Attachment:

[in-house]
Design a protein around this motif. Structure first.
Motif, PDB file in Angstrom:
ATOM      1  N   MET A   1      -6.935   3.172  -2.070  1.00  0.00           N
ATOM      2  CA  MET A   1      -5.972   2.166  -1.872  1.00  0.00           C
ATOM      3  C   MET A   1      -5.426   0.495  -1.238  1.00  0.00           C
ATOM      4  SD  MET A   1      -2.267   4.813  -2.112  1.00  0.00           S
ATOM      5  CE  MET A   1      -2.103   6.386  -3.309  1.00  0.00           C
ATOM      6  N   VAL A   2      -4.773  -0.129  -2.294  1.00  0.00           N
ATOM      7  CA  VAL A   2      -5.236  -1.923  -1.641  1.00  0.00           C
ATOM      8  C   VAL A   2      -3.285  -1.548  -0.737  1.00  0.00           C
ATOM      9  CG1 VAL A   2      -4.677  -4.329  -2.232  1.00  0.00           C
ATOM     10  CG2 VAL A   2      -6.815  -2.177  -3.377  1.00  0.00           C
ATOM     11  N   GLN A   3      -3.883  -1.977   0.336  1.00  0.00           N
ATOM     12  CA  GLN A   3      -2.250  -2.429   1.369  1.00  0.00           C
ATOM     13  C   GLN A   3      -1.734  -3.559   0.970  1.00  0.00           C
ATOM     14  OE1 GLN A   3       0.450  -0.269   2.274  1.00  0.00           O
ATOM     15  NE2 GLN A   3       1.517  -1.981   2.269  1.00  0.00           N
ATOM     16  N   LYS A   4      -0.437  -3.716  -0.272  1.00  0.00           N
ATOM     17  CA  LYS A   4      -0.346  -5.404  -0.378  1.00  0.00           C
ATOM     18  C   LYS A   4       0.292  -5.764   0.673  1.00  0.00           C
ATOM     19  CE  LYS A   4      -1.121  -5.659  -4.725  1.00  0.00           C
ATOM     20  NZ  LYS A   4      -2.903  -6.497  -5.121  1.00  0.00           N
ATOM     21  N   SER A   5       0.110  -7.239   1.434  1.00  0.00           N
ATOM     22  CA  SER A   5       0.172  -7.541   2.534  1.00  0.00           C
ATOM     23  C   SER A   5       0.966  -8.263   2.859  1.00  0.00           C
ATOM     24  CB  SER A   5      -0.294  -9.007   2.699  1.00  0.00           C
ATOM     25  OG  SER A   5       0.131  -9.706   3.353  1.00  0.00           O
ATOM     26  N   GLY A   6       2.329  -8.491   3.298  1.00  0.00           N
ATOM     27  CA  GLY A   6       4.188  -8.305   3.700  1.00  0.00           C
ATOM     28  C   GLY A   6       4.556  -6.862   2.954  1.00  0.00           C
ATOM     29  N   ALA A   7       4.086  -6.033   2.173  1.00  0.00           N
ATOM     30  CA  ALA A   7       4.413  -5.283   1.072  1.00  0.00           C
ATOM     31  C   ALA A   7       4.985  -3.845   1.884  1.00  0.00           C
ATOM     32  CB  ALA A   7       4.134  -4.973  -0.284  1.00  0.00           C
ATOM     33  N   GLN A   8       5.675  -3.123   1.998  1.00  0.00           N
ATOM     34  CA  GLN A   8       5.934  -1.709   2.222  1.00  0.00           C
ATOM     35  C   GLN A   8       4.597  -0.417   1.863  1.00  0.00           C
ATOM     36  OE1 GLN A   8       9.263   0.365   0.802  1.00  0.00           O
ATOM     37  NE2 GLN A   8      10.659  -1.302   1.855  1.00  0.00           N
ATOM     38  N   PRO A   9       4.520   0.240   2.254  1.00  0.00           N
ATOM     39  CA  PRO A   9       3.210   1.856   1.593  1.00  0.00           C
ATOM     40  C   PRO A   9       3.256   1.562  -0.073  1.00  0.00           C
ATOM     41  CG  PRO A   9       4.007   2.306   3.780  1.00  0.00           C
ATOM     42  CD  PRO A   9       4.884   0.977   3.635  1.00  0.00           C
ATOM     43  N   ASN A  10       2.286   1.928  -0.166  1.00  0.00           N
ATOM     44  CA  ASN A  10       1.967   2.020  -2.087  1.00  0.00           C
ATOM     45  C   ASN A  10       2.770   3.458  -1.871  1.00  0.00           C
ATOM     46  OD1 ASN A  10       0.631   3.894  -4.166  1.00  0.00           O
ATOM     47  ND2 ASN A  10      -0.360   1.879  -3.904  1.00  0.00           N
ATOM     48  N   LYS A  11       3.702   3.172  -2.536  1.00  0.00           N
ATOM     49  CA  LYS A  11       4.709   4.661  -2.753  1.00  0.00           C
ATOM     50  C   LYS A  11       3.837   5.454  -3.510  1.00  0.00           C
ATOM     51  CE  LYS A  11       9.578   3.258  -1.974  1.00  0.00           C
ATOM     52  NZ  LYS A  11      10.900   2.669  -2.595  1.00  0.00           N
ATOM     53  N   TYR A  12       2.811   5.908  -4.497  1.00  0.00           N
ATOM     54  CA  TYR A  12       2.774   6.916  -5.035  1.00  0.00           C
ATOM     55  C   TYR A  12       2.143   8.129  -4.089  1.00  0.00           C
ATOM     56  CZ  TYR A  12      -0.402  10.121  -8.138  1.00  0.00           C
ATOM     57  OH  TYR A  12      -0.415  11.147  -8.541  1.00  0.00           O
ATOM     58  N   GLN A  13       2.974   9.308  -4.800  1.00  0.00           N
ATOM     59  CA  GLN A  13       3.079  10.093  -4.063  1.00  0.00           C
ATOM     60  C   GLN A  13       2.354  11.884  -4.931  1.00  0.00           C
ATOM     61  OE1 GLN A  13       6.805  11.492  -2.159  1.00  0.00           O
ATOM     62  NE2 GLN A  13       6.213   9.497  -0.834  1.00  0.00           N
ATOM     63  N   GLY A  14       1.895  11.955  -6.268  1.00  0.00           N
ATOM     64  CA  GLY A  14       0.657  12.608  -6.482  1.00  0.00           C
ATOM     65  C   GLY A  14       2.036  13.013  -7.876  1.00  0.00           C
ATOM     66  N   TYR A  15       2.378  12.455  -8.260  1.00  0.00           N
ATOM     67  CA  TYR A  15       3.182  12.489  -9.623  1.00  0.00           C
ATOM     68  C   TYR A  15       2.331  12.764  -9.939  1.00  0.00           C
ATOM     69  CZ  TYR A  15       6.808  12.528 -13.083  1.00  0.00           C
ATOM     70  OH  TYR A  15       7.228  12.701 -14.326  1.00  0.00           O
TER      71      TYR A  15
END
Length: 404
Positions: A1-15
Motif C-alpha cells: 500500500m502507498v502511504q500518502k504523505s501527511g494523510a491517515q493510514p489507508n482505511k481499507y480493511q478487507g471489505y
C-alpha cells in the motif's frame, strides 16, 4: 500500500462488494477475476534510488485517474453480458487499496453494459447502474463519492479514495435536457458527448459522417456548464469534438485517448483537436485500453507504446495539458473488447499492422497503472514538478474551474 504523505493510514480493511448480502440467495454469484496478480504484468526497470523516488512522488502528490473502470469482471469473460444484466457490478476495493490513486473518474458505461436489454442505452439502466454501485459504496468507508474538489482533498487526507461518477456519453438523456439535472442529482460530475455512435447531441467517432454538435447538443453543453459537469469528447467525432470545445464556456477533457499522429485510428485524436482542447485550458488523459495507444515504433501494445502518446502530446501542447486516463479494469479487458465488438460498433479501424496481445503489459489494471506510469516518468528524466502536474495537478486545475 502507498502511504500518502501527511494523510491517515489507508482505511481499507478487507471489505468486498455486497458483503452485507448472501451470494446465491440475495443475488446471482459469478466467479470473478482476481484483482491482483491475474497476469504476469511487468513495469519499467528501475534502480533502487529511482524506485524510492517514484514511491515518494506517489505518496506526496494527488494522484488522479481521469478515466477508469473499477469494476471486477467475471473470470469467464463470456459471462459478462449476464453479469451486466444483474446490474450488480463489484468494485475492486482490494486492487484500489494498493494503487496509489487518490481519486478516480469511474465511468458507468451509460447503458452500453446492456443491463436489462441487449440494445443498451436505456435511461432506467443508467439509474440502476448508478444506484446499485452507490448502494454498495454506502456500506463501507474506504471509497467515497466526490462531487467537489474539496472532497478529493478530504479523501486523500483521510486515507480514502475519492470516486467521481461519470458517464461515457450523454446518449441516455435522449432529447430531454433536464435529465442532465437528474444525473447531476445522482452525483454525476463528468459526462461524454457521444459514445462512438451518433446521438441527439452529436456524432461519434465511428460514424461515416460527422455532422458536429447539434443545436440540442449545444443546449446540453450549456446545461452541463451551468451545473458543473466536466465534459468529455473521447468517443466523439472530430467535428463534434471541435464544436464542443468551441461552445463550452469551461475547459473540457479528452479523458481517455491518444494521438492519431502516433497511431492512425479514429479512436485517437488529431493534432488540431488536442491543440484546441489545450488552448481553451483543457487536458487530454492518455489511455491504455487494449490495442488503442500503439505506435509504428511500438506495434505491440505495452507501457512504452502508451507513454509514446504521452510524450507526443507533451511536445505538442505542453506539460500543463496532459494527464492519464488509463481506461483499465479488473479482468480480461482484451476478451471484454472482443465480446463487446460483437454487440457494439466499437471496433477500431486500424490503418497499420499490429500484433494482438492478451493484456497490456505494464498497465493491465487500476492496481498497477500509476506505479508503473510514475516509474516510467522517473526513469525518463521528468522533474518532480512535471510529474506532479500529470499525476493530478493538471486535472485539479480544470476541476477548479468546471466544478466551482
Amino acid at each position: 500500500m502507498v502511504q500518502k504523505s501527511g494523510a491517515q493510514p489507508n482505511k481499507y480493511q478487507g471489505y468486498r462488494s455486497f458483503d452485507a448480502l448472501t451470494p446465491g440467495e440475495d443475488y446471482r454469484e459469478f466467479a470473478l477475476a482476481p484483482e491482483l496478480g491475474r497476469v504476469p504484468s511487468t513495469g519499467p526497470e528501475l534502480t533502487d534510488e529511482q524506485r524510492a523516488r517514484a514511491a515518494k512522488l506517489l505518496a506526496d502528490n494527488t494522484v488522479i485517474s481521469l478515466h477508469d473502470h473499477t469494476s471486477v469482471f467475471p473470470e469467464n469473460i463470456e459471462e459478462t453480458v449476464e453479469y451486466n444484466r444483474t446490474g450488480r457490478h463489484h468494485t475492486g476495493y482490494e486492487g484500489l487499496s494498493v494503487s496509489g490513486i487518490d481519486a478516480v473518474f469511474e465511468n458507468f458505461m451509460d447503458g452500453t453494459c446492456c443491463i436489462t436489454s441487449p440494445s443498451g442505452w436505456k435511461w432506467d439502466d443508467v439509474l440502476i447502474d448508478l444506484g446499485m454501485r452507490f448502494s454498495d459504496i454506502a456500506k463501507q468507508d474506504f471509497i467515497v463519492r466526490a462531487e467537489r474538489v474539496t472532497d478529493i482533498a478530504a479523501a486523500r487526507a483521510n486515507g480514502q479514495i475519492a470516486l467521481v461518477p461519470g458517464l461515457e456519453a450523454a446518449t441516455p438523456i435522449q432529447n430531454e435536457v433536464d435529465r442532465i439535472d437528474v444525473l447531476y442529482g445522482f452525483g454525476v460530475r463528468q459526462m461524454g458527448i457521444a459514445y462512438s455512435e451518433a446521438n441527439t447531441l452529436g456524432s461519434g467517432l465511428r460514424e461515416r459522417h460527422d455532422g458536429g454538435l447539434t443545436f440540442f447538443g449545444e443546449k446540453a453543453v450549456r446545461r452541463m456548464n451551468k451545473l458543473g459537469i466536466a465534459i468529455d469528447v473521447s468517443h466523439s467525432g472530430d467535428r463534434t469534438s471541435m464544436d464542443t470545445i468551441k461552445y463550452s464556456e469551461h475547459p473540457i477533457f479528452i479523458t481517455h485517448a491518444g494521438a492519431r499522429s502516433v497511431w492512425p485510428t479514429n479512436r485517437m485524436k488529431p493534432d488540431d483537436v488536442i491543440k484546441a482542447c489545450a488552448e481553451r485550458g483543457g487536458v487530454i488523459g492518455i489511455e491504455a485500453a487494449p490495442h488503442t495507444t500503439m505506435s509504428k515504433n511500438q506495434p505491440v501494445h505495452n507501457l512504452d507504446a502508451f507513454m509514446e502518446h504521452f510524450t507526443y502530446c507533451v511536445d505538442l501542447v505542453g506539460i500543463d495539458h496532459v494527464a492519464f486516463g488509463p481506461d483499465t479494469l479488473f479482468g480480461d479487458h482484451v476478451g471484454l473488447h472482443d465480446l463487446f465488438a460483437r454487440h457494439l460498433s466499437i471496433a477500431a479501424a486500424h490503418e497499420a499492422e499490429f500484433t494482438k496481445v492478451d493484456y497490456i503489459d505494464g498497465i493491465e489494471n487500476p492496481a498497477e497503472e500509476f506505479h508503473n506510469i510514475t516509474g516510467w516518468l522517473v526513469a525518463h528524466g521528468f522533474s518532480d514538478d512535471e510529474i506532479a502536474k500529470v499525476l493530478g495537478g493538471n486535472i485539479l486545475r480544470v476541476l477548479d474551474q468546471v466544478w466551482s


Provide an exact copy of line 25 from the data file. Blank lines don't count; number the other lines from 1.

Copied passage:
ATOM     22  CA  SER A   5       0.172  -7.541   2.534  1.00  0.00           C